[Describes trends in sterilization practice in Puerto Rico and the U.S,, including its popularity from demographic and social perspectives; analyzes the structural supports for constraints against sterilization; and provides suggestions for future research on these issues]
______. “Puerto Rico: Recent Trends in Fertility and Sterilization.” International Family Planning Perspectives 6, no. 1 (March 1980):20-25.; Family Planning Perspectives 12, no. 2 (March/April 1980):102-106.
[Examines the decline in fertility among Puerto Rican women between 1950 and 1977 and the correlation to sterilization and abortion]
______. Review of “Colonialism, Catholicism, Contraception: A History of Birth Control in Puerto Rico,” by Annette B. Ramirez de Arellano and Conrad Seipp. Hispanic American Historical Review 64, no. 3 (August 1984):556-558.
______. “The Role of Sterilization in Controlling Puerto Rican Fertility.” Population Studies 23, no. 3 (November 1969): 343-361.
[Analyzes sterilization data from the 1965 Master Sample Survey of Health and Welfare in Puerto Rico, which involved 1,071 women ages 20 to 49]
______. “Sterilization and Fertility Decline in Puerto Rico.” (Ph.D. diss., University of California-Berkeley, 1969); Ann Arbor, Mich.: University Microfilms International, 1974; Rev.ed.: Berkeley: University of California, Institute of International Studies, 1973 (Population Monograph Series, No. 13); Reprint: Westport, Conn.: Greenwood Press, 1976.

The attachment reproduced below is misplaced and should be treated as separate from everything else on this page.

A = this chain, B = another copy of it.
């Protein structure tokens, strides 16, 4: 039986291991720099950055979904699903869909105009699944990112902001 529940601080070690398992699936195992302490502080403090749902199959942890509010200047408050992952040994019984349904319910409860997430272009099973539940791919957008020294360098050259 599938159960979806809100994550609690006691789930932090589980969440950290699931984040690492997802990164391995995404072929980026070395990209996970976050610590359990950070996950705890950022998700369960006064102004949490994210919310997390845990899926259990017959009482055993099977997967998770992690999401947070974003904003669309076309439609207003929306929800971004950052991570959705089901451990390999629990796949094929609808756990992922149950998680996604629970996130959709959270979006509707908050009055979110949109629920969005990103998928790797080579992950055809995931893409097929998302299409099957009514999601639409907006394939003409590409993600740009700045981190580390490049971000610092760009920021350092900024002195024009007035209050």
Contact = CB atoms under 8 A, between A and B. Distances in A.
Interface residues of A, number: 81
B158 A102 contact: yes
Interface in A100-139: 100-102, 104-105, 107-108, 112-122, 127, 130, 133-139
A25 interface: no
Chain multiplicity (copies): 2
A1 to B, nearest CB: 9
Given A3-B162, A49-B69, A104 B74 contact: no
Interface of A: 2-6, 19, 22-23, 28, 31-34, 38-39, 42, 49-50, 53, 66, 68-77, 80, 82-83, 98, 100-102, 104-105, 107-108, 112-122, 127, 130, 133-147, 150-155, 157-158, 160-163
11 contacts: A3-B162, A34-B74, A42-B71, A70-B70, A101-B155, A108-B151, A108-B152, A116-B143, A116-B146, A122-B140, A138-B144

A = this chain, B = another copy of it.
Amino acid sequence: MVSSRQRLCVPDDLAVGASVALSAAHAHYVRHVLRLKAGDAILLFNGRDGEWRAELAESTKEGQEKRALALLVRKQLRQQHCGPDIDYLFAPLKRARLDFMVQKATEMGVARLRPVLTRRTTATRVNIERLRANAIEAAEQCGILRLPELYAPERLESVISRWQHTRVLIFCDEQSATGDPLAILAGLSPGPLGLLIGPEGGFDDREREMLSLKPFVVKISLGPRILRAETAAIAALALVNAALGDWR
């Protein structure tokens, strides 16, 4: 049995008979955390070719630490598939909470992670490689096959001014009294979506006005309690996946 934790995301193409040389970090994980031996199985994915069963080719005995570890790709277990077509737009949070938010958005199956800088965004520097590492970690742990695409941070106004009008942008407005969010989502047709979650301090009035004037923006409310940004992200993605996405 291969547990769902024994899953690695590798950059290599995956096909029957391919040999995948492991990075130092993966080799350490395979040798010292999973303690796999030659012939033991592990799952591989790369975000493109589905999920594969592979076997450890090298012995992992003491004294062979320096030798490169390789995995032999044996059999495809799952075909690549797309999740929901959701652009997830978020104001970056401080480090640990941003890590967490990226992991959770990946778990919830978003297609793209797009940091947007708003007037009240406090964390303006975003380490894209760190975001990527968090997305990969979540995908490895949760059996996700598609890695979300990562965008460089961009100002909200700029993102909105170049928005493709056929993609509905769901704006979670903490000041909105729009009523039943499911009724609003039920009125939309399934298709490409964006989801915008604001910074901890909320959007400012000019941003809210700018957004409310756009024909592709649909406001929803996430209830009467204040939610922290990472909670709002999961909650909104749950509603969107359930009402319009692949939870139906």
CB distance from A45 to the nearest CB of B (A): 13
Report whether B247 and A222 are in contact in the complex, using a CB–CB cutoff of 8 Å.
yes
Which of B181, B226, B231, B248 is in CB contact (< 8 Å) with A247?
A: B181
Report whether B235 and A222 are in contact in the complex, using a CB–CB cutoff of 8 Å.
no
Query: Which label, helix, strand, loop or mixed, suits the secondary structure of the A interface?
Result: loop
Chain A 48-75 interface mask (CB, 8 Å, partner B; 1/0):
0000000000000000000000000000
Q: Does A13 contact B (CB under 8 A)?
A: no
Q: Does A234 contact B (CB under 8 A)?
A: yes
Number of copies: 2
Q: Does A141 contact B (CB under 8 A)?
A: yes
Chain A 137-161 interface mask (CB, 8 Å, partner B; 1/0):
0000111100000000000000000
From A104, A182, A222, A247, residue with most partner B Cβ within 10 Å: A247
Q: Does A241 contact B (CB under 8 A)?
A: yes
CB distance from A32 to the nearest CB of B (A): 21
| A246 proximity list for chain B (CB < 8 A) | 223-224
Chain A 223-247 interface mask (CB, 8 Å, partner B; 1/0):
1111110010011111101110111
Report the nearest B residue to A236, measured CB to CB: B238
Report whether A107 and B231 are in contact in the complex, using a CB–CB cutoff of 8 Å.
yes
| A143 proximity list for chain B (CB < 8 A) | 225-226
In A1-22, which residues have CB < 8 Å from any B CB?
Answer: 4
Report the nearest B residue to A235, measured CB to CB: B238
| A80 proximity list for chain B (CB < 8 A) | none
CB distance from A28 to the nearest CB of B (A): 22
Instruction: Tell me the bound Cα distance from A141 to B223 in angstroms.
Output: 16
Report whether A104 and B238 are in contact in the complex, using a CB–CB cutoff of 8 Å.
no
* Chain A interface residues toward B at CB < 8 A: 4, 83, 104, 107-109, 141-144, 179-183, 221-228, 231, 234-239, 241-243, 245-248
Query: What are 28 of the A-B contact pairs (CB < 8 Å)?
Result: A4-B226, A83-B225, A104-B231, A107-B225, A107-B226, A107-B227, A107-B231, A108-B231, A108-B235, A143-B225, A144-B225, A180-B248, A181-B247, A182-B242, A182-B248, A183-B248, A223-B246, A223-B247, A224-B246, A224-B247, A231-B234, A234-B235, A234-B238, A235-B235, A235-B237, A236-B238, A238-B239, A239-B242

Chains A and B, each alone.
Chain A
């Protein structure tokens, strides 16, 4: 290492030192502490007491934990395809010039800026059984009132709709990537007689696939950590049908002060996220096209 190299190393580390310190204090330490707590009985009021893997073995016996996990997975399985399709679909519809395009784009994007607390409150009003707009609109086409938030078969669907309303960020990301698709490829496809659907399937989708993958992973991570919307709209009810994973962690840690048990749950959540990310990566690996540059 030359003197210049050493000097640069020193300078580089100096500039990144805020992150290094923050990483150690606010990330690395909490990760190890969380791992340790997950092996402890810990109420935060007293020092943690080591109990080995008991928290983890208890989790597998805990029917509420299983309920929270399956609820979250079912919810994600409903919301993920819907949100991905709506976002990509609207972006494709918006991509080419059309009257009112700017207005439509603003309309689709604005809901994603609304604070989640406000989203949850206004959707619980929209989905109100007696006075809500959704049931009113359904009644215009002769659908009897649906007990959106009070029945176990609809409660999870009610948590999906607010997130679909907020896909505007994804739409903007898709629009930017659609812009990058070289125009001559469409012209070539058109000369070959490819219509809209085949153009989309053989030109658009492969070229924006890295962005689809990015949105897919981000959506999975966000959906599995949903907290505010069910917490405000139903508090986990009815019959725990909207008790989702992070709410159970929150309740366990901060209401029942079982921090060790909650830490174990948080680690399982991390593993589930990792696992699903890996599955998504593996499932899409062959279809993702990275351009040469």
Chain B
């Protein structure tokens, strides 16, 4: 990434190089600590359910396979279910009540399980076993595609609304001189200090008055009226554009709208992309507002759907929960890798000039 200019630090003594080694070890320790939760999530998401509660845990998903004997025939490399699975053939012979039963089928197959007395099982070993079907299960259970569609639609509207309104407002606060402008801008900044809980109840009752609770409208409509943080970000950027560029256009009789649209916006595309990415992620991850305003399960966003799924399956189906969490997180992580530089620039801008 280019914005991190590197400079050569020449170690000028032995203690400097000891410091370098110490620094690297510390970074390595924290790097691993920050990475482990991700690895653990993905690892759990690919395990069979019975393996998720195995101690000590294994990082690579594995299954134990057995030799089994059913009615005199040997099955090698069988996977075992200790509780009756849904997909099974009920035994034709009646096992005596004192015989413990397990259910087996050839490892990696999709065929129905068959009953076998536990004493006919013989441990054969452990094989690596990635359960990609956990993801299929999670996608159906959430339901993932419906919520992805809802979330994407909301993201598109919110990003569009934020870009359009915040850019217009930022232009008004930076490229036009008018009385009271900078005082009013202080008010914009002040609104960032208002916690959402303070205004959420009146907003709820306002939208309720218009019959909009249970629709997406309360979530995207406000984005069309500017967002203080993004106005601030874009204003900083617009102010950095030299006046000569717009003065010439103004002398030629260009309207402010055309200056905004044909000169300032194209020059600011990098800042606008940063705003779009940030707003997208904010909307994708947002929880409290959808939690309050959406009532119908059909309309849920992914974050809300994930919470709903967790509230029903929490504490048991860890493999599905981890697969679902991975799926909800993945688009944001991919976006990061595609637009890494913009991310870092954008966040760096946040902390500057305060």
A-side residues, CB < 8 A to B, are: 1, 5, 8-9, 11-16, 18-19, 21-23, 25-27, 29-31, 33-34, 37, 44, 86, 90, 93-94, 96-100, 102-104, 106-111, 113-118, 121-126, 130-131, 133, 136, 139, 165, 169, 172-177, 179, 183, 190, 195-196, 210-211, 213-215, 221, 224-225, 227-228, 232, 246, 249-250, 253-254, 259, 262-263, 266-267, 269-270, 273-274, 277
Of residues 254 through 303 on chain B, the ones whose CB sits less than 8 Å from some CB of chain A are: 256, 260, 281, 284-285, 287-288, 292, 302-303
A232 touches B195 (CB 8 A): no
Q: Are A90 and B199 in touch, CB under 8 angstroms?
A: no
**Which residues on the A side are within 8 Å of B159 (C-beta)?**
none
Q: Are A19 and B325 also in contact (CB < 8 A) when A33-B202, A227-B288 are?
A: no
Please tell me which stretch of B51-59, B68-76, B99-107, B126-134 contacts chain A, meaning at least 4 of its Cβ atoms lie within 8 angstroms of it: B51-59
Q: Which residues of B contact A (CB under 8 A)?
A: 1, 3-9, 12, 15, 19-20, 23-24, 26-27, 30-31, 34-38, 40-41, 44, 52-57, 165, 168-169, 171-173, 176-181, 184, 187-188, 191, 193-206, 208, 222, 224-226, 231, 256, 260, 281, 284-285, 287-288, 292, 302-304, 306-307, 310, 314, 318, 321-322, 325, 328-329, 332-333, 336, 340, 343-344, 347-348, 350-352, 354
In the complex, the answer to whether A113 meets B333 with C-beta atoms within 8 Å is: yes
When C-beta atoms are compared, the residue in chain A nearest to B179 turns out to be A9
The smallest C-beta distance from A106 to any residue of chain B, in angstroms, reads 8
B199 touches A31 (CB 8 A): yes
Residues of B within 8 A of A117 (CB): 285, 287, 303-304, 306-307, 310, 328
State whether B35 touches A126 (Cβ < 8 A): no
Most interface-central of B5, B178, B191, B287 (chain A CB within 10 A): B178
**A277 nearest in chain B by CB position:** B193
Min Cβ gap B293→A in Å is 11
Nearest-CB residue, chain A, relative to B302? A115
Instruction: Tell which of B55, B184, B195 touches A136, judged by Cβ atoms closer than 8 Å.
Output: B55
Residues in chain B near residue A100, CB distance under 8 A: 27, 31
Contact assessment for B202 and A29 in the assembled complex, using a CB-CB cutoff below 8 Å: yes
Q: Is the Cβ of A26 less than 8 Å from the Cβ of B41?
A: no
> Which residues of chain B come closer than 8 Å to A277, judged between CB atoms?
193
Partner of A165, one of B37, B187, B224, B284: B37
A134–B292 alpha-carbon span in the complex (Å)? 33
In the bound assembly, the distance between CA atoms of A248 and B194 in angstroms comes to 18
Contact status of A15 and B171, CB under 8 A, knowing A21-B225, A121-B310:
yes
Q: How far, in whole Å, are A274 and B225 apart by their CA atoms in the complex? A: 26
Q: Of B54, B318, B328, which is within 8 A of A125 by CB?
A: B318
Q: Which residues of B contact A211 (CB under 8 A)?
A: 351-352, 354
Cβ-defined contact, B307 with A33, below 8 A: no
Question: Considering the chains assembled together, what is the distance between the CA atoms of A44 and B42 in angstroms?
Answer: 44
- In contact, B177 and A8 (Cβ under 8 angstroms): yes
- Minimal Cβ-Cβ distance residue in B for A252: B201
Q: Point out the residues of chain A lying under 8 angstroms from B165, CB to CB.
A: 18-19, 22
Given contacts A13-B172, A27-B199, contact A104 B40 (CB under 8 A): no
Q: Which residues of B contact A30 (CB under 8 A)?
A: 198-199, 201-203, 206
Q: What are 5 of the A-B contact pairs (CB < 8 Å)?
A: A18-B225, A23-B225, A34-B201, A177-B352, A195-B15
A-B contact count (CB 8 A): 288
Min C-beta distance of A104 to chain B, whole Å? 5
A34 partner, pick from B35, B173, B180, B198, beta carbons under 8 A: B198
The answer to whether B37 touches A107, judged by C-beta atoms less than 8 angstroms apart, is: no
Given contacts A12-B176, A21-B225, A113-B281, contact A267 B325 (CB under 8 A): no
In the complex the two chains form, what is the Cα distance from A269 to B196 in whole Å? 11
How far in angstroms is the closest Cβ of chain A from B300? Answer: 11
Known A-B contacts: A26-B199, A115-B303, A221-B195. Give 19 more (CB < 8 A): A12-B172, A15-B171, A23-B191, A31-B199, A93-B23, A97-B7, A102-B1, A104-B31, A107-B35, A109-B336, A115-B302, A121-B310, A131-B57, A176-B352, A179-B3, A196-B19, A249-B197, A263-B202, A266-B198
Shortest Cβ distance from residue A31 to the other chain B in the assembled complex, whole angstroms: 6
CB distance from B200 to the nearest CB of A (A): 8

[Examines sterilization practice in Puerto Rico in 1965, when it was the primary form of contraceptive. Uses sample of 1,071 women 20-49 years of age, which includes the 1965 Master Sample Survey conducted by the Dept. of Health and Welfare as well as a sample of 127 sterilized and 127 non-sterilized women obtained from records at San Juan City Hospital in 1966]
“The Puerto Rico Experience: `La Operacion’: Sterilization in Puerto Rico.” In Caribbean Voices. From Conferences and from the Region, from the Issues Conference at Medgar Evers College, Brooklyn, N.Y. 55 min. N.Y.: Deep Dish TV, 1992. Videocassette.
[Episode of the television series Rock the Boat. Pt. 2 focuses on sterilization and Puerto Rico]
Ramirez de Arellano, Annette B. and Conrad Seipp. Colonialism, Catholicism, and Contraception: A History of Birth Control in Puerto Rico. Chapel Hill: University of North Carolina Press, 1983.
[Comprehensive history of the birth control movement in Puerto Rico, including information on sterilization]
Ramos-Bellido, Carlos Gil. “The Politics of Birth Control in Puerto Rico.” Ph.D. diss., University of California-Berkeley, 1977.